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Forward refs - revisited

 
Neil Mac
Greenhorn
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The Mughal Java cert book I'm currently studying states that
"An instance initializer cannot make forward rererences to member varibles declared after the initializer"
However, the following code compiles and runs fine....
public class Driver{
{
att2 = false;
}
private boolean att2 = true;
...
...

The only difference I can see is that the book refers to Java 1.2 but the compiler I'm using is Java 1.4. Is this something that has changed ? Or am I missing something ludicrously simple here
Thanks.
 
Joel McNary
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Spider Man:
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Ernest Friedman-Hill
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Hey "Spidey" (please change the name!)
The line "att2 = false" isn't an instance initializer. What this statement means is that the following would be illegal:

But code inside a method or a constructor can reference all member and static variables declared anywhere inside the class.
 
Jim Yingst
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The line "att2 = false" isn't an instance initializer.
I believe it is, according to JLS 8.6. What else would you call one of those non-static unlabeled blocks inside a class but outside any method or constructor?
[B]What this statement means is that the following would be illegal:
[/B]
Those are instance variable initializers, JLS 8.3.2.2.
But the important difference between these two cases is not so much that one uses an instance initializer and the other uses an instance variable initializer. Rather, the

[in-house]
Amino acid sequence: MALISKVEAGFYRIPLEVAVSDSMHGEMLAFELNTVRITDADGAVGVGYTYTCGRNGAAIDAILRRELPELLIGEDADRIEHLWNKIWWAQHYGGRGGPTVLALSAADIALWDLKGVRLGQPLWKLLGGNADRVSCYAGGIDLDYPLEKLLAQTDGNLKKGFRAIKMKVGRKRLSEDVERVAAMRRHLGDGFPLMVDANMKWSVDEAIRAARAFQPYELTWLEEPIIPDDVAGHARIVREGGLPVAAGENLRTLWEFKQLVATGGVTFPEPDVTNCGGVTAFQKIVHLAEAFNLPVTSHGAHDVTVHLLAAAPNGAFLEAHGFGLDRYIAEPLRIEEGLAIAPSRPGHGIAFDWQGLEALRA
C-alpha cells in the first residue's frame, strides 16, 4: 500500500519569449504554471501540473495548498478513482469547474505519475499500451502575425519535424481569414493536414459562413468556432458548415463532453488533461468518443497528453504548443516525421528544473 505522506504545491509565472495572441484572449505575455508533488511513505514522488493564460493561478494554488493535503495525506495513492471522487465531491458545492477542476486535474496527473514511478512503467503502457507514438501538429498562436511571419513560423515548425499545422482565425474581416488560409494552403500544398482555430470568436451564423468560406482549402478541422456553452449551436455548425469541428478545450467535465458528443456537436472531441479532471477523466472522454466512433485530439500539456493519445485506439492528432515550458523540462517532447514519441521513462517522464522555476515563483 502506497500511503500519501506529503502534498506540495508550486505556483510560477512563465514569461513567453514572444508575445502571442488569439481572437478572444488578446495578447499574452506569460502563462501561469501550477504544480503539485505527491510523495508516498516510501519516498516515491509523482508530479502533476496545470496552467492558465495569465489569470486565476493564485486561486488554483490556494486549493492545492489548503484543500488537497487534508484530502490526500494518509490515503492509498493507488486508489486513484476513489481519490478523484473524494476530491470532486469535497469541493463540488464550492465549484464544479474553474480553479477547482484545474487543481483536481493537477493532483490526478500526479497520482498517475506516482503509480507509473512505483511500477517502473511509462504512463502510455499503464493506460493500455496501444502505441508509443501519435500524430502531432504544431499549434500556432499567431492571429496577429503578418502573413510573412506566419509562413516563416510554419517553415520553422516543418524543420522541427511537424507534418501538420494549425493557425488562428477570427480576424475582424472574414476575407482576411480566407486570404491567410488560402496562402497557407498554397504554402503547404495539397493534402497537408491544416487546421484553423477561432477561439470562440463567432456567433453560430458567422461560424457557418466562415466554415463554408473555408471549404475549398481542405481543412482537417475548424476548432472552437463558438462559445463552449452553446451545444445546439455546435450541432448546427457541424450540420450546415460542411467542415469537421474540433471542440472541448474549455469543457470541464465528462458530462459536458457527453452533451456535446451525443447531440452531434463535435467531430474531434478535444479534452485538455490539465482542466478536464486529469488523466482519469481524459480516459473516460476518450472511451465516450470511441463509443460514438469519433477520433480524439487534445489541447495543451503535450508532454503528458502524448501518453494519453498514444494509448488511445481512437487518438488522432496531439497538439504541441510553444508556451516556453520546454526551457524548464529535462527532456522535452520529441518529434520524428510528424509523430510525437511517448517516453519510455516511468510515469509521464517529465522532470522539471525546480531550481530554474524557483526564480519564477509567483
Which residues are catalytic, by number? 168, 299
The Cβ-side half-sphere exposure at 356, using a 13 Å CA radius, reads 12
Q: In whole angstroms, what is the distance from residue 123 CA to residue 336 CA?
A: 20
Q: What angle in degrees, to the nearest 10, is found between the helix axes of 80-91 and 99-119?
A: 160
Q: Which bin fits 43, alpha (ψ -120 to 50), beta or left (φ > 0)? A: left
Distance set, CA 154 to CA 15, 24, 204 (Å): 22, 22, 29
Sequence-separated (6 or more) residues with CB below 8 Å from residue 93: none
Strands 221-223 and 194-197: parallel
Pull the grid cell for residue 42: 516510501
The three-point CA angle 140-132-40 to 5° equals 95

The rules for this are given in JLS 8.3.2.3.
Here's a variation on "Spidey's" original code which does not compile, because the usage of att1 inside the instance initializer is on the right side, and before att1 is declared.

I don't have a copy of Maughal & Rasmussen to see just how they state this, other than the single sentence quoted above. But based on that one sentence, it seems they may be in error. Unless they define what they mean by a forward reference, such that a reference on the left hand side of an assignment is never considered a forward reference. Someone with a copy of the book may want to check this and submit an erratum if there's no further clarification.
Note that JLS 8.3.2.3 allows one other special case of an initializer containing a non-LHS reference to a field declared later:

Basically this means that the compiler finishes parsing all outer-class field declarations before it tries to parse the details of a nested class.
I have a vague recollection that some earlier versions of the JDL might have had some bugs regarding forwsard references, so if you test on an older compiler you may get slightly different results. But for JDK 1.4.2 at least, the results I get seem to match what the JLS actually says.
[ October 18, 2003: Message edited by: Jim Yingst ]
 
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